What’s so great about the Great Bear Rainforest? For starters, it’s a vast area of pristine wilderness about the size of Ireland. Encompassing a quarter of the world’s coastal temperate rainforest, it’s the perfect place to soak up a whole lot of silence and drink in lush green surroundings. And, it’s the only place on the planet where you can spot the elusive white Kermode bear, also known as the “Spirit bear.”
Need more? Wildlife viewing abounds, from eagles to grizzly bears, sea otters to dolphins and whales. There’s kayaking and fishing along the coast, and hiking through old-growth forests. (With very few roads, the Great Bear Rainforest is accessed mainly by boat or floatplane.)
In short, it doesn’t get more off-the-beaten path than this. Here’s what you need to know before you go.
The Great Bear Rainforest stretches some 400 kilometres (250 miles) along the central and northern coast of British Columbia from Knight Inlet to the Alaska Panhandle. It covers 6.4 million hectares (15.8 million acres). You can zoom into different regions on this interactive map of the Great Bear Rainforest.
You can approach the Great Bear Rainforest in several different ways: roads get you only so far in the wilderness. One of the area’s main gateways is Bella Coola in central BC. Highway 20 from Williams Lake leads to Bella Coola, or fly there on scheduled flights from Vancouver. Other points of entry include Bella Bella, Klemtu, and Prince Rupert.
Or, venture into the Great Bear Rainforest by sailing along the BC coast. You can experience the area by ferry through BC Ferries’ Inside Passage route and the Discovery Coast Connector. For a more intimate environment, take a small-ship cruise that offers on-board chef service, such as Maple Leaf Adventures or Outer Shores Expeditions. Alternatively, you can fly or sail into a remote lodge on the coast, such as Nimmo Bay Resort or Knight Inlet Lodge, and base your adventure there.
From Bella Coola, head out on a wildlife-viewing safari with Bella Coola Grizzly Tours, or go on a boat ride through glacial fjords to a natural hot springs, where you can have a soak before tucking into a barbecue lunch. From Tweedsmuir Park Lodge, go heli-hiking in the Bella Coola Valley, take a guided nature walk, go birdwatching, or simply float down a river and take in the majesty. At the Talleho Cannery, watch salmon and trout spawning in late August and learn about this history of the salmon-processing industry.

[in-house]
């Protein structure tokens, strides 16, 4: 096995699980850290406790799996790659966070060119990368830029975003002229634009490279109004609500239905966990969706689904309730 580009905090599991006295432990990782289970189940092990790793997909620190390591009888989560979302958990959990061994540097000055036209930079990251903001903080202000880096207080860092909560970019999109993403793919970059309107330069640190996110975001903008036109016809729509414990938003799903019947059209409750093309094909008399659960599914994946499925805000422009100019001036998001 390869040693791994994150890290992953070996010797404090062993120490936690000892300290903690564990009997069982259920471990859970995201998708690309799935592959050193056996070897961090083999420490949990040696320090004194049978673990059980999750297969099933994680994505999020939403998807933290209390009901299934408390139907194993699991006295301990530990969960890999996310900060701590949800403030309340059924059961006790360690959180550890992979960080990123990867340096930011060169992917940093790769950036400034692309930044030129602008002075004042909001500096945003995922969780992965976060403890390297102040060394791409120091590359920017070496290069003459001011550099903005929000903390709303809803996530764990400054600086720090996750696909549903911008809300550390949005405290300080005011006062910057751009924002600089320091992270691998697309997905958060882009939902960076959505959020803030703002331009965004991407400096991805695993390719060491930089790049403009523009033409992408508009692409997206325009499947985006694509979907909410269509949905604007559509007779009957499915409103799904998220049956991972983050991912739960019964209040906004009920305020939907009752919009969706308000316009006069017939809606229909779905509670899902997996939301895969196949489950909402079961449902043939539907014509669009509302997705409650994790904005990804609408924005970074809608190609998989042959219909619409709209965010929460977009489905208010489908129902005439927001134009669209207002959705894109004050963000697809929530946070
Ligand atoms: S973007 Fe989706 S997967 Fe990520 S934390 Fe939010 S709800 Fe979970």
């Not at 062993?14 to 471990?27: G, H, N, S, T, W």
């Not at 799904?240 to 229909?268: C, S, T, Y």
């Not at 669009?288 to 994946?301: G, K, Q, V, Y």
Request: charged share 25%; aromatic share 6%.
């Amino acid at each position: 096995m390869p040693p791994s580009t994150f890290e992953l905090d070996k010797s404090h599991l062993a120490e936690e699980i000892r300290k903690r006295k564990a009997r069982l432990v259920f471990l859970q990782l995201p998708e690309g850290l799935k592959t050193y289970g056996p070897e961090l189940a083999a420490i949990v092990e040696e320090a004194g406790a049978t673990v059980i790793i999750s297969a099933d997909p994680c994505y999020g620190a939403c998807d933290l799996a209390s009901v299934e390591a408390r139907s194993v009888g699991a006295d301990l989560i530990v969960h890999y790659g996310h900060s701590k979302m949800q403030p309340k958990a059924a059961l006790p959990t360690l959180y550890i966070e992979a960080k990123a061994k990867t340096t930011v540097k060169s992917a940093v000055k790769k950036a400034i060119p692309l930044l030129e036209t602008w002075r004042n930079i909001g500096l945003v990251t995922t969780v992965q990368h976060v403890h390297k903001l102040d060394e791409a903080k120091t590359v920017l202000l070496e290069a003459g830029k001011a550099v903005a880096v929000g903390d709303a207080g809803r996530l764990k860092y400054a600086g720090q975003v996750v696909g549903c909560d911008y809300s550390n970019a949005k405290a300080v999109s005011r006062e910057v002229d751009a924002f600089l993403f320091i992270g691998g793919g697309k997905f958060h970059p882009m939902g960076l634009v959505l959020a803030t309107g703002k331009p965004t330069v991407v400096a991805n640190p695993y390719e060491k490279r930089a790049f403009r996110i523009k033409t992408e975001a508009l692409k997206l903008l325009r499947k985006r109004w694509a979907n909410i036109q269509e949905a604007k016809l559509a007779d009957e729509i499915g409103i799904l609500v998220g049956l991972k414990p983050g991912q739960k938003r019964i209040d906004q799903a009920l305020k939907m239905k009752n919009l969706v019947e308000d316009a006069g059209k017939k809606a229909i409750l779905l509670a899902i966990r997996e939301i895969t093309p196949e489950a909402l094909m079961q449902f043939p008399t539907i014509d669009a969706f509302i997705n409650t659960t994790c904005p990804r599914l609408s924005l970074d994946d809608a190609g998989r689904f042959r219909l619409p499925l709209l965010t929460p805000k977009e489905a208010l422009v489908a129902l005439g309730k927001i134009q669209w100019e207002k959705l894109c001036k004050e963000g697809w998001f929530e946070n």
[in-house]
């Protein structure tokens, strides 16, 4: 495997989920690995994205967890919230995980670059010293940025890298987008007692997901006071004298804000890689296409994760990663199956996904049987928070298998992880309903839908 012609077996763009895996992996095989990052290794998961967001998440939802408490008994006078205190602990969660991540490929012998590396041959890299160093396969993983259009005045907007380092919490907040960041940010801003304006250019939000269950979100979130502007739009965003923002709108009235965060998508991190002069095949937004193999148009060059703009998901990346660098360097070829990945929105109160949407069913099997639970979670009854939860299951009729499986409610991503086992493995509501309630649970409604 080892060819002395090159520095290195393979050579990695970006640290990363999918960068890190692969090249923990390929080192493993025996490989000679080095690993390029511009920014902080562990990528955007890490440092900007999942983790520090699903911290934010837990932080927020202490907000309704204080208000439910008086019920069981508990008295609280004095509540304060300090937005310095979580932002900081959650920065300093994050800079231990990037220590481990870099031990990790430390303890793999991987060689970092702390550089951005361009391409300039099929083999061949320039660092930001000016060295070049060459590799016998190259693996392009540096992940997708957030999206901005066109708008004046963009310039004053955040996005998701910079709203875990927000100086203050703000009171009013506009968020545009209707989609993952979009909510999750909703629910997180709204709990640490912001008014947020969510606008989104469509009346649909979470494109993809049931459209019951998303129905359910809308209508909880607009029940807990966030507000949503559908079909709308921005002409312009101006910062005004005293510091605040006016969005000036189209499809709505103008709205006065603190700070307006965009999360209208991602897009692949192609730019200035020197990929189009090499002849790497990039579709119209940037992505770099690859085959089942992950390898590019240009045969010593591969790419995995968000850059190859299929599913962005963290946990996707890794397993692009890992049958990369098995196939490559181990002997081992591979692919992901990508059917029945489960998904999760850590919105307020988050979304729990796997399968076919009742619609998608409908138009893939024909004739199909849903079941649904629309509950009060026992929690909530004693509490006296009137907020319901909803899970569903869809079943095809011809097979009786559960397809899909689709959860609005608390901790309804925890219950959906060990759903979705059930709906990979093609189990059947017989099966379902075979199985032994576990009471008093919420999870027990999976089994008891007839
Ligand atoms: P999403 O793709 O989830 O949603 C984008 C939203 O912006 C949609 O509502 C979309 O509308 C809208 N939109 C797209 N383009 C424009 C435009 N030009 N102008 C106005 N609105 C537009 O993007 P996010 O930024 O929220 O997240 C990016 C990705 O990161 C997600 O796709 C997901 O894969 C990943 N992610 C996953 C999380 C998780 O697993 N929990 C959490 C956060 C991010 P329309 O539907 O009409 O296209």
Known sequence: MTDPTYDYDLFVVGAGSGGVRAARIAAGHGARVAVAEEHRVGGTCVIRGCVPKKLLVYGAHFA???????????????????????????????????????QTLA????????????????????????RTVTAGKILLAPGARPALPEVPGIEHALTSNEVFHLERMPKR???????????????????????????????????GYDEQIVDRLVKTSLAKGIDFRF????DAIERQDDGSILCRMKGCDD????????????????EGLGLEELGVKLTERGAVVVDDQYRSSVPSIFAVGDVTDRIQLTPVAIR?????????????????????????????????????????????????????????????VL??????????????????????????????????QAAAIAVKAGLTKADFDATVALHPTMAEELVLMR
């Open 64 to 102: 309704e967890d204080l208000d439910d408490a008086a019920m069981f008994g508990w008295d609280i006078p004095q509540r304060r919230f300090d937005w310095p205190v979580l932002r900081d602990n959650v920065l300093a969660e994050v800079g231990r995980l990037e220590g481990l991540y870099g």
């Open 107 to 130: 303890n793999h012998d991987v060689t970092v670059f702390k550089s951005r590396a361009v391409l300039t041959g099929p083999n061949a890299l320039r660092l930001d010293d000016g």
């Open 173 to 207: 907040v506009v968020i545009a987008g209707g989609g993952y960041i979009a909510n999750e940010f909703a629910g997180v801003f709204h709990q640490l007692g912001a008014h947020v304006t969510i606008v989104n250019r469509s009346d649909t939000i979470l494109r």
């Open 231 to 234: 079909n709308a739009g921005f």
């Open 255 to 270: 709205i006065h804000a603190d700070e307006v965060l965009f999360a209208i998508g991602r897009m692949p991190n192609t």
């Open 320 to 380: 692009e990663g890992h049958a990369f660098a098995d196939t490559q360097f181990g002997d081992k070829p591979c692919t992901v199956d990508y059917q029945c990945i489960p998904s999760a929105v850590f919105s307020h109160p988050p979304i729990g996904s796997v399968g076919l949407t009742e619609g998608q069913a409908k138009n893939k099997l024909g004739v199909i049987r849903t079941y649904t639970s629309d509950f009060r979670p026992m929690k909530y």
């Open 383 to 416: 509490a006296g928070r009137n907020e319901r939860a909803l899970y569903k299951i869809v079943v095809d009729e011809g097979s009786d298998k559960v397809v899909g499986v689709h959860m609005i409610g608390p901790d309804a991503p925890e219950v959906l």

From Prince Rupert, you can head out on the water with Prince Rupert Adventure Tours to the Khutzeymateen, which boasts the largest population of grizzly bears on Earth. You could also see humpback and grey whales from late July to September.
If you’re keen on whale watching, the Johnstone Strait and the Broughton Archipelago (between mainland BC and northern Vancouver Island) are two of the best places in the world to spot orcas. Head out for a day trip, or kayak the Broughton Archipelago with Farewell Harbour Lodge.
Or, for a sport-fishing vacation, head to a fly-in lodge such as Central Coast Adventures near Bella Bella on BC’s central coast.
June to August are the warmest months to visit the area. Bear-viewing season runs from June to October. The best chance to see bears is during the annual salmon run from late August to September or October, when these magnificent creatures hunt fish.
Consider it a quest: people travel from far and wide for the chance to spot the rare Kermode bear, which is found only in this part of the world. A subspecies of black bear, the Kermode bear has naturally white fur. About 10 per cent of the black bears born in this area carry this recessive white gene.
Set off from the coastal village of Klemtu to see the bears on their home turf of Princess Royal Island. Local cultural guides conduct tours to areas where there have been sightings. You can reserve waterfront or floating accommodation in Klemtu at places such as Spirit Bear Lodge, a community-based ecotourism venture owned and operated by the Kitasoo/Xaixais First Nation.
Their Royal Highnesses the Duke and Duchess of Cambridge visited the Great Bear Rainforest in the fall of 2016 as part of their royal tour in Canada. They officially endorsed it under The Queen’s Commonwealth Canopy Initiative.
In February 2016, the Government of B.C., First Nations, environmental groups, and forest industry representatives announced their final agreement on how the Great Bear Rainforest would be managed. This agreement will conserve 85 per cent of the forest and 70 per cent of old growth over time.
For more on the region’s ecology and biodiversity, plus the Queen’s Commonwealth Canopy and the Great Bear Rainforest Agreement, see the Great Bear Rainforest website.
Opening image: Kermonde (Spirit) bear in the Great Bear Rainforest. Photo: Stephen Harrington All Canada photos
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